Traditional planning processes have proven to be too limited for this work. Newer, hybrid models that combine community organizing strategies and more creative planning techniques are emerging. These are proving effective in identifying community strengths and assets, and solutions that are more organic to the community's values, culture, and situation.
The Dudley St. Neighborhood Initiative has developed a style of long - term neighborhood planning that is integrated with shorter term community organizing "signature campaigns" short, winnable issue - based efforts that feed people energy and substance to the longer - term, slower - paced planning work. This strategy has proven successful in moving a comprehensive community renewal effort forward. Also, the "asset - based planning" style being taught by John McKnight, Jody Kretzmann, and others is much more conducive to community building work because it focuses on building hope, linkages, and leadership, and teaching people about the inner - workings of their communities.
The future work of community development must be focused on doing a few things well.
1) Developing Core Capacities in Organizing and Planning:
There remain too few opportunities for those in the field particularly young people to access quality training and support in the basic tools of community organizing and community planning, such as community analysis and assessment, one - on - ones, small group facilitation, coalition building, and so on. Unfortunately, much of the organizing training available is either steeped in dogma or directly connected to specific models of organizing. Organizing chauvinism and the myth of pure or "real" organizing has not served our movement well. Not every organizer will be or needs to be another Saul Alinsky. Organizing has to be seen less as a sacred priesthood and more as a set of skills that can be learned and practiced by all kinds of people, in a variety of organizational settings. Specifically, we need to:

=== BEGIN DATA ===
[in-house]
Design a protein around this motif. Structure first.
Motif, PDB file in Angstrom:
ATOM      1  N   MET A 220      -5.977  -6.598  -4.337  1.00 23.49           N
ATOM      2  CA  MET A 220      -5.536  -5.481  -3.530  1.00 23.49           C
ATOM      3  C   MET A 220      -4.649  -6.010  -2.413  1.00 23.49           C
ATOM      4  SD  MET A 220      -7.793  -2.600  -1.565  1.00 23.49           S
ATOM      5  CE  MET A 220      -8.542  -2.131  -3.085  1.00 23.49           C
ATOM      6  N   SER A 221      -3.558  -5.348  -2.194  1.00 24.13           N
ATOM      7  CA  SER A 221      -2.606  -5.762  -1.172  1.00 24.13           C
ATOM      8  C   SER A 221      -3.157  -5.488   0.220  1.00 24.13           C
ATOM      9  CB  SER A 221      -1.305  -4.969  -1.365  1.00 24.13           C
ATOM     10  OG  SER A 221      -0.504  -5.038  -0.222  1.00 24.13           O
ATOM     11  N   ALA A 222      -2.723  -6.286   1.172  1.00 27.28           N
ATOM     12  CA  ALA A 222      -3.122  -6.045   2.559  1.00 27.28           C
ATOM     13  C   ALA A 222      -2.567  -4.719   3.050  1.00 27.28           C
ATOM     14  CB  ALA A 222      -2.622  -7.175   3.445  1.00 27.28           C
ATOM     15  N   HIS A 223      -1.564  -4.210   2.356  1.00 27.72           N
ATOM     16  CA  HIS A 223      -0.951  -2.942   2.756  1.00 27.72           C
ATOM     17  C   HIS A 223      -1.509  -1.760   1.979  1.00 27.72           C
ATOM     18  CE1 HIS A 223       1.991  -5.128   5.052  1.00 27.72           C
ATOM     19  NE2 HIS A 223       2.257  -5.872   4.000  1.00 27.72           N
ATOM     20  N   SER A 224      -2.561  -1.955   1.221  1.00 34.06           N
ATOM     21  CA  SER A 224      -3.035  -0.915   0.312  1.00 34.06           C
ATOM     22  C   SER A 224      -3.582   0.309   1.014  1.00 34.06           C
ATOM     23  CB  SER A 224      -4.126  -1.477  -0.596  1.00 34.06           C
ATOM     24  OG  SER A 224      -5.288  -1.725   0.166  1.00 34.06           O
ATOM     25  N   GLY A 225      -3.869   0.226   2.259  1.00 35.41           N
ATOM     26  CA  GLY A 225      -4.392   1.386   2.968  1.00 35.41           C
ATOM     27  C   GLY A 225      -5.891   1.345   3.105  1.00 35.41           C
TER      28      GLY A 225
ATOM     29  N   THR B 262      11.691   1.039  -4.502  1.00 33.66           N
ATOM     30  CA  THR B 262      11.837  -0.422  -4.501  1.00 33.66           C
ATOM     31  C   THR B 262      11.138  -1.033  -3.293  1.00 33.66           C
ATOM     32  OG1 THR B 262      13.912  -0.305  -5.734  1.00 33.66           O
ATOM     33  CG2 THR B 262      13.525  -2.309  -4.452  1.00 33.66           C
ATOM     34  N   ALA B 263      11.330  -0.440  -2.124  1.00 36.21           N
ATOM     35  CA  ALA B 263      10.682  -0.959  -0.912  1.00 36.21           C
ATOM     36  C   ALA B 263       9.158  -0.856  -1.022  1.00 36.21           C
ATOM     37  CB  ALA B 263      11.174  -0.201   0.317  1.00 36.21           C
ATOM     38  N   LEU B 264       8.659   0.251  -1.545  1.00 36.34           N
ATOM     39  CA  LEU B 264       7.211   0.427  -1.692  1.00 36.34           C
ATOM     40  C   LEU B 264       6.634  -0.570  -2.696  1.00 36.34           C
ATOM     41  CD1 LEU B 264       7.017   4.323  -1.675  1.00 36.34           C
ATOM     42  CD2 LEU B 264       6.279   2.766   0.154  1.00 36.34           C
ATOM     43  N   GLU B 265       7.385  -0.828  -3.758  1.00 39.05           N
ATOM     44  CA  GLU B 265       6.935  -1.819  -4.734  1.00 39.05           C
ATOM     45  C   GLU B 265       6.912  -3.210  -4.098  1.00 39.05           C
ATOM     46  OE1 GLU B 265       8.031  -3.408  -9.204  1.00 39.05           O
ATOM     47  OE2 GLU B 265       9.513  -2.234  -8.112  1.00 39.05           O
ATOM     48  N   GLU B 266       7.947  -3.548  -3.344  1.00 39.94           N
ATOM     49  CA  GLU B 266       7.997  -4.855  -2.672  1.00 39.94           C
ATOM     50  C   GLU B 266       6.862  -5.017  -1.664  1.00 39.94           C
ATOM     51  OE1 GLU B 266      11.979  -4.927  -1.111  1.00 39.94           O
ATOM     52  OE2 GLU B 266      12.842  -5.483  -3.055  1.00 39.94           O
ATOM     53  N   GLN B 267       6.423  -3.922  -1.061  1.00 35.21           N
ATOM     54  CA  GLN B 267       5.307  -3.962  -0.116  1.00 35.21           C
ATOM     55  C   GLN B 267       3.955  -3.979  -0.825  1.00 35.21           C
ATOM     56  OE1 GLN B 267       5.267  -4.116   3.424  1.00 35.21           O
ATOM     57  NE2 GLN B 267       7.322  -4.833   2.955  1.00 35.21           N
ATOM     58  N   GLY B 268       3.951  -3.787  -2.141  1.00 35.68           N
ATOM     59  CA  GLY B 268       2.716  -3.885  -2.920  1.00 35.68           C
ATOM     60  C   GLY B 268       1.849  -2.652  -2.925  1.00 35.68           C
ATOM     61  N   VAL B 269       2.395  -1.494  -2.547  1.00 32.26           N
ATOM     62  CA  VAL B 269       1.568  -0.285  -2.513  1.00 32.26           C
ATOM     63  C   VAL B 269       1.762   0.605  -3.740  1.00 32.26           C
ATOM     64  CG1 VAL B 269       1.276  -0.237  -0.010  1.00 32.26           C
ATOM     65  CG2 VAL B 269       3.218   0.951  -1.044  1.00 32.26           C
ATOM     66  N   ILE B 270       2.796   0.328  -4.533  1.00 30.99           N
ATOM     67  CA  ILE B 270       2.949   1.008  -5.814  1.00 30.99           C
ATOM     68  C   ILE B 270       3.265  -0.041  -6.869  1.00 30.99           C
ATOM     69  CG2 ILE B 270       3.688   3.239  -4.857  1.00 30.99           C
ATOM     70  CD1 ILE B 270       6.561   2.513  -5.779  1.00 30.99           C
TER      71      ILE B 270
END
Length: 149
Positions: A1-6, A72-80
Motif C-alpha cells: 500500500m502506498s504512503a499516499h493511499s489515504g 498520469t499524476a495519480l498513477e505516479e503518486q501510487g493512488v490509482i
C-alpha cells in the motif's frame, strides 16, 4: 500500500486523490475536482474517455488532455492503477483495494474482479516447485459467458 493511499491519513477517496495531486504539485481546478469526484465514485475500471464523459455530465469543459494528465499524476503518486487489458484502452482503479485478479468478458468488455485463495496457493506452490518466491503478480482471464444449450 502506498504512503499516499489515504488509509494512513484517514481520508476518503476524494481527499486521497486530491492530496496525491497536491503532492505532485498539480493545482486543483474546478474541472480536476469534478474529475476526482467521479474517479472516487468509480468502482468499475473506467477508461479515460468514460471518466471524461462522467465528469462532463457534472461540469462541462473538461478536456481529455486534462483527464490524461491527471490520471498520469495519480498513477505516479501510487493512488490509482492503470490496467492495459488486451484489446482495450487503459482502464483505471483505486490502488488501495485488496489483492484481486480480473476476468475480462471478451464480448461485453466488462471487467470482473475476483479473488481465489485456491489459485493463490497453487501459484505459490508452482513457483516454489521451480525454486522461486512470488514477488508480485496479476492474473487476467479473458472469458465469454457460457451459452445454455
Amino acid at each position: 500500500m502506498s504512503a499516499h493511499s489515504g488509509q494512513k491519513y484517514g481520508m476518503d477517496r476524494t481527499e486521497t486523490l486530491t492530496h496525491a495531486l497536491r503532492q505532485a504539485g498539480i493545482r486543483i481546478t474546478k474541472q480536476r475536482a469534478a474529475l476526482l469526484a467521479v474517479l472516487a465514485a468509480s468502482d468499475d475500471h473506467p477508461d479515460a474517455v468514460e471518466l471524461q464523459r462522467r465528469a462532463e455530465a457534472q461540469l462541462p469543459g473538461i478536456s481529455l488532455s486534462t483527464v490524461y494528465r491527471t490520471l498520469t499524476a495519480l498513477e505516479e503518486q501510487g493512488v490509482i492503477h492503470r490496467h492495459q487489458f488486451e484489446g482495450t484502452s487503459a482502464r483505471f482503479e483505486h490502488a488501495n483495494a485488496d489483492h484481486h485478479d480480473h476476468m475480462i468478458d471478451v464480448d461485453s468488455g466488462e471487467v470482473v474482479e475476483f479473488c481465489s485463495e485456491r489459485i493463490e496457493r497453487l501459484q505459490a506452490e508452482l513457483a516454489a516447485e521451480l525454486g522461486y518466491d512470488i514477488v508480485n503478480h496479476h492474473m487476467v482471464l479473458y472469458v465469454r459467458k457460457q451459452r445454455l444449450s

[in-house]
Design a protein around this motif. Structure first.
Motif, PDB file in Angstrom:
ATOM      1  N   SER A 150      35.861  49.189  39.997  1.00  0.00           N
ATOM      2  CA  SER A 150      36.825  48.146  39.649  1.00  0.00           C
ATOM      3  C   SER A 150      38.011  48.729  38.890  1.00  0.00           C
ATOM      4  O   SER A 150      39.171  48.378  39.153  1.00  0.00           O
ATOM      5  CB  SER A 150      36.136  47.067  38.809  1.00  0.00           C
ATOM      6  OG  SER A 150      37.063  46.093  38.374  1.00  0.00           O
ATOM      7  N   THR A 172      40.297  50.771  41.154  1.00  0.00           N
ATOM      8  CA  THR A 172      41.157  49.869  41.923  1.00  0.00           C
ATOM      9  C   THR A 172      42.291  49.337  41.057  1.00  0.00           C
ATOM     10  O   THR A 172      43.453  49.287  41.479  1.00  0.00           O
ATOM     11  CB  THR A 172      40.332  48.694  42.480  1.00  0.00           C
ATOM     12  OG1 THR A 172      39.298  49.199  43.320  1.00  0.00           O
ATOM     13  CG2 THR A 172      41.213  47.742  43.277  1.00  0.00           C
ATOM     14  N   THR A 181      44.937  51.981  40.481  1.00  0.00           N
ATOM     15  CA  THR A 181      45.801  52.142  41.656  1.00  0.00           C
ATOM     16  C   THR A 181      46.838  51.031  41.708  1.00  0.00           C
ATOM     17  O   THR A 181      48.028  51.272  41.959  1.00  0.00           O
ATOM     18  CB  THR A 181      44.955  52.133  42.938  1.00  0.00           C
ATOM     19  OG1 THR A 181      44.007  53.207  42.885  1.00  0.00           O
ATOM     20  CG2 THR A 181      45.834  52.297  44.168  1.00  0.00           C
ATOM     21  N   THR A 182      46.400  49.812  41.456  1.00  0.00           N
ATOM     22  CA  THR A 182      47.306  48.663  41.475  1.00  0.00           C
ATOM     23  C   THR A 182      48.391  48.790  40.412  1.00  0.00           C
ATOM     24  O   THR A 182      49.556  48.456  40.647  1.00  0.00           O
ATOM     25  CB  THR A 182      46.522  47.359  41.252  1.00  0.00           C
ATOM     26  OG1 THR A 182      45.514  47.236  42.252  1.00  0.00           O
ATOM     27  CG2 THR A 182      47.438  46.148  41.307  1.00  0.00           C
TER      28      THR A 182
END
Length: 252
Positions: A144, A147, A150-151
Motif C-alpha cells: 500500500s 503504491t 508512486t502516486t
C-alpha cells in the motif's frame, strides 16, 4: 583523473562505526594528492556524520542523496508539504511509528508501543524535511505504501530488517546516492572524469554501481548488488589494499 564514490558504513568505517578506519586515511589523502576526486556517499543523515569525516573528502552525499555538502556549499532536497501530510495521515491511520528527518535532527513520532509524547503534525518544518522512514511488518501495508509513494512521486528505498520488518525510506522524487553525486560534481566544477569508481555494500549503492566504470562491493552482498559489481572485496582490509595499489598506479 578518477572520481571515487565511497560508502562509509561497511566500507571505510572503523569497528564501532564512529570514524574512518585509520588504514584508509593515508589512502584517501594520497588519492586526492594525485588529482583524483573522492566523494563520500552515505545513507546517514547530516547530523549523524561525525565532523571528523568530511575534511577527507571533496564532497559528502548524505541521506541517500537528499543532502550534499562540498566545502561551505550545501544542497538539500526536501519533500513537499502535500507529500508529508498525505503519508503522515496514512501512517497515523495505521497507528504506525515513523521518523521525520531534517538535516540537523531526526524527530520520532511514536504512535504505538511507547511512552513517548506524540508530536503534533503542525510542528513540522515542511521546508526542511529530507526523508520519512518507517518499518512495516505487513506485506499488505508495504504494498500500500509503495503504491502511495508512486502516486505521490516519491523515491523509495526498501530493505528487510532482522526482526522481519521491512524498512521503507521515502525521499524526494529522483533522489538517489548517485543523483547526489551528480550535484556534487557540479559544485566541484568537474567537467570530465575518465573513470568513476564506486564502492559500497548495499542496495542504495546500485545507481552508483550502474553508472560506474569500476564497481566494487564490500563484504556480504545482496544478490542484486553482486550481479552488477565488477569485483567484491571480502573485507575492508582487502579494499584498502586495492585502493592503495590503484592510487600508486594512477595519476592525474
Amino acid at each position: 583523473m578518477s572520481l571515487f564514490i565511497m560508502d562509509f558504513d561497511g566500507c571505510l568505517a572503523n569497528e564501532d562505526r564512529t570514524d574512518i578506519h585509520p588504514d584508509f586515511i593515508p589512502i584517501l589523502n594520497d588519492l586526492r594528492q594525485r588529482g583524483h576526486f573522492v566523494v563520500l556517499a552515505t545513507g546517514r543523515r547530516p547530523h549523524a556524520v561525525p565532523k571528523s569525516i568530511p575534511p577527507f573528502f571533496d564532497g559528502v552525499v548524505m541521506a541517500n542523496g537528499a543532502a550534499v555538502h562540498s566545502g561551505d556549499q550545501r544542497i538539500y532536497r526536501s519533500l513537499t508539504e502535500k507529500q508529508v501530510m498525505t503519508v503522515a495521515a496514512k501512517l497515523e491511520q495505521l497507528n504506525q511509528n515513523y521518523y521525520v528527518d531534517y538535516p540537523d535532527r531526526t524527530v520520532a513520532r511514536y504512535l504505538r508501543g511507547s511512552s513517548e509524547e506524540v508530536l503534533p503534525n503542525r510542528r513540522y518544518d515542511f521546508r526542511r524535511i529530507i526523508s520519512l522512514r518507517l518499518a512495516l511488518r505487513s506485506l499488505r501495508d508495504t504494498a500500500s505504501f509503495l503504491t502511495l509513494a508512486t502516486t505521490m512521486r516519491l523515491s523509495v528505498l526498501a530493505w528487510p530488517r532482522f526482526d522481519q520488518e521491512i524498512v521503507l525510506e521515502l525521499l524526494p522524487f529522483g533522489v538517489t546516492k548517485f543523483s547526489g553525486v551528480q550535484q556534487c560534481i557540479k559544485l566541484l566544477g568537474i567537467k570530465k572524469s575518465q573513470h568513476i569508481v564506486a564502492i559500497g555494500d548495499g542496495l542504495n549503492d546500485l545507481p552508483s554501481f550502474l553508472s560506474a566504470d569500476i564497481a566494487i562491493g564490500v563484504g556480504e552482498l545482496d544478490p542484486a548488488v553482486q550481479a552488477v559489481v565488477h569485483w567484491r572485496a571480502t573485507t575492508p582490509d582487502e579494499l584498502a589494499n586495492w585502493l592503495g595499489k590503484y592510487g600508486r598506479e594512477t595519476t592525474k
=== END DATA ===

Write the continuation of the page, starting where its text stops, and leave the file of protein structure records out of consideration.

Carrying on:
One wouldn't build a skyscraper on a foundation of sticks and mud. Yet, there is some danger of this happening in the community - building movement. The foundation of this entire movement is the CBO and its ability to play an effective role both representing and serving its community. Yet there remains comparably little investment in core operating support and helping to re - tool CBOs so they can develop the new capacities needed to do this work effectively. Organizational development resources and technical assistance need to be a sizable component of any community building initiative.
Community building is helping to re - focus our movement on the full range of changes needed to renew community and rebuild poor neighborhoods. It represents a more honest view of the complexity and richness of the struggle. The promise of community building will not fully reveal itself in three years, seven years, or even 10 years. It may require at least a generation of sustained support, dialogue, and major investment in evaluation and peer learning in order to mine from this work the new paradigms that will guide the progress of American community life in the next century.